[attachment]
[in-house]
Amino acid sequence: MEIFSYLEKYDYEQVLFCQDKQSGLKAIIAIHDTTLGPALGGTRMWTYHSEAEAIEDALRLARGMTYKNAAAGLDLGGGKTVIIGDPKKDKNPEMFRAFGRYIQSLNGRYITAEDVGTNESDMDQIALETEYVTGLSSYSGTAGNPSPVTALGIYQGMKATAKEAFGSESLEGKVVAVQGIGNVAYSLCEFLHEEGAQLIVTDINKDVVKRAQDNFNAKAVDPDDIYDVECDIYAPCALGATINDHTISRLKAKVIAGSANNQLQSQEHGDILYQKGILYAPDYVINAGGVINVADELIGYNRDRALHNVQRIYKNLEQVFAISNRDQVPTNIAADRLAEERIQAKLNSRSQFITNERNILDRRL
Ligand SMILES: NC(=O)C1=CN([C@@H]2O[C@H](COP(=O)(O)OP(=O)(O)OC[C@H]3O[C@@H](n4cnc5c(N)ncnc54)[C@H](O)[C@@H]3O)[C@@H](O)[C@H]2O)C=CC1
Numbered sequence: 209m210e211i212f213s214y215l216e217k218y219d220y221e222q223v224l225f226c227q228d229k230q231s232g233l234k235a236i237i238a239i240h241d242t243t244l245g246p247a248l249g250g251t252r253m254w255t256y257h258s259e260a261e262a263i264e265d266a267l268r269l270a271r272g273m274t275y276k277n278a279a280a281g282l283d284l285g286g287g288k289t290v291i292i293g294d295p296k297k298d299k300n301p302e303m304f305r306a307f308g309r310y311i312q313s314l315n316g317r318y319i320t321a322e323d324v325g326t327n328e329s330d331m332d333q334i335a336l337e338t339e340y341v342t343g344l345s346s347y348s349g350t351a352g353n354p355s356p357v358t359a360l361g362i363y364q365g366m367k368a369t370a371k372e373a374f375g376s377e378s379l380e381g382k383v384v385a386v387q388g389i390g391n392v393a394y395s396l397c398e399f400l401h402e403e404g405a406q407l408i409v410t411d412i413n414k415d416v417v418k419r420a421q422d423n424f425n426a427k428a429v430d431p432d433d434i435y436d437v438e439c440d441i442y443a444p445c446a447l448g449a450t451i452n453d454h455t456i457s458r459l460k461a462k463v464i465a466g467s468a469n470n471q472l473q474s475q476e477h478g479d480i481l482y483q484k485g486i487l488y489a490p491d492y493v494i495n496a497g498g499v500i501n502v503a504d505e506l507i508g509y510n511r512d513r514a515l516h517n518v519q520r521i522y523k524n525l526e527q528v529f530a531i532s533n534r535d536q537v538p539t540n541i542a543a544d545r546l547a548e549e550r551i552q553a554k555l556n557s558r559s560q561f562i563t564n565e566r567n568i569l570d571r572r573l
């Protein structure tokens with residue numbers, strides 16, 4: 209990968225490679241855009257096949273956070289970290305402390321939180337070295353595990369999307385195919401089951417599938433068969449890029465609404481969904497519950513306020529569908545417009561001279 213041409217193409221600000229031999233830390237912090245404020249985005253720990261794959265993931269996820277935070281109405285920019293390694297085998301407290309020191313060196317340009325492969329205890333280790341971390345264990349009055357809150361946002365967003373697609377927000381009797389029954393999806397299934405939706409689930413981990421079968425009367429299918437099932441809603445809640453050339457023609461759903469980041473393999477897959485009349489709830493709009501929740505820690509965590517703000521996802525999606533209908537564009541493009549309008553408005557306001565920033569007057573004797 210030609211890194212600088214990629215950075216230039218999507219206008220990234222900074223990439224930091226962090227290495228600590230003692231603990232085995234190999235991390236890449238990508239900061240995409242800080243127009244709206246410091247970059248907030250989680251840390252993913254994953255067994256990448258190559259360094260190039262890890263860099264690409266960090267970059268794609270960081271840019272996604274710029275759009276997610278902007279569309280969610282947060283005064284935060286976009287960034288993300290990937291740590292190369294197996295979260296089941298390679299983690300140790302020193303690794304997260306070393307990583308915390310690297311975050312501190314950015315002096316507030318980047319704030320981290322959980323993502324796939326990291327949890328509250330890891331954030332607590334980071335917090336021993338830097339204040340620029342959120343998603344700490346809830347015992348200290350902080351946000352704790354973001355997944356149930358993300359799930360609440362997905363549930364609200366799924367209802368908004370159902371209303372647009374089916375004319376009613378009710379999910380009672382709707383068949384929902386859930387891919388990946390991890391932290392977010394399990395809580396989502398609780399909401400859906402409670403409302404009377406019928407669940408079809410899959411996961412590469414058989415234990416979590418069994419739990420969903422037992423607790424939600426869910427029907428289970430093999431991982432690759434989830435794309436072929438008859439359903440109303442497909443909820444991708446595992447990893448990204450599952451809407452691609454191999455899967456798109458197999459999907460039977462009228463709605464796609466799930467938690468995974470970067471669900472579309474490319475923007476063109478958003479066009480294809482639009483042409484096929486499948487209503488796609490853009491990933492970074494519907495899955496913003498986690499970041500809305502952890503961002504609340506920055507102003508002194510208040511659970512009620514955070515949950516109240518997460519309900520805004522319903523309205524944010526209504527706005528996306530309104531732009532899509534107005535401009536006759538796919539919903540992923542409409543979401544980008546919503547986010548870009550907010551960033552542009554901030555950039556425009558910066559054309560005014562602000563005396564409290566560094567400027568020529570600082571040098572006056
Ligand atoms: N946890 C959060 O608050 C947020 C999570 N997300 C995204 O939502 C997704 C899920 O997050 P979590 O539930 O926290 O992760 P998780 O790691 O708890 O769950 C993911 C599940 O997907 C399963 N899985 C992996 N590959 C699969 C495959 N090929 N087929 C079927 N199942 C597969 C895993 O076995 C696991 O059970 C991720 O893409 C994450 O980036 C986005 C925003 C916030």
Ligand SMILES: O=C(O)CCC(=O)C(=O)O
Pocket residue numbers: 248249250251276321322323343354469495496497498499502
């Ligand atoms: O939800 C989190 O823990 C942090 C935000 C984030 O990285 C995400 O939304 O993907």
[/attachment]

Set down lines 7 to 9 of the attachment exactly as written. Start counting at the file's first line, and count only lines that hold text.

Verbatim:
Ligand SMILES: O=C(O)CCC(=O)C(=O)O
Pocket residue numbers: 248249250251276321322323343354469495496497498499502
């Ligand atoms: O939800 C989190 O823990 C942090 C935000 C984030 O990285 C995400 O939304 O993907």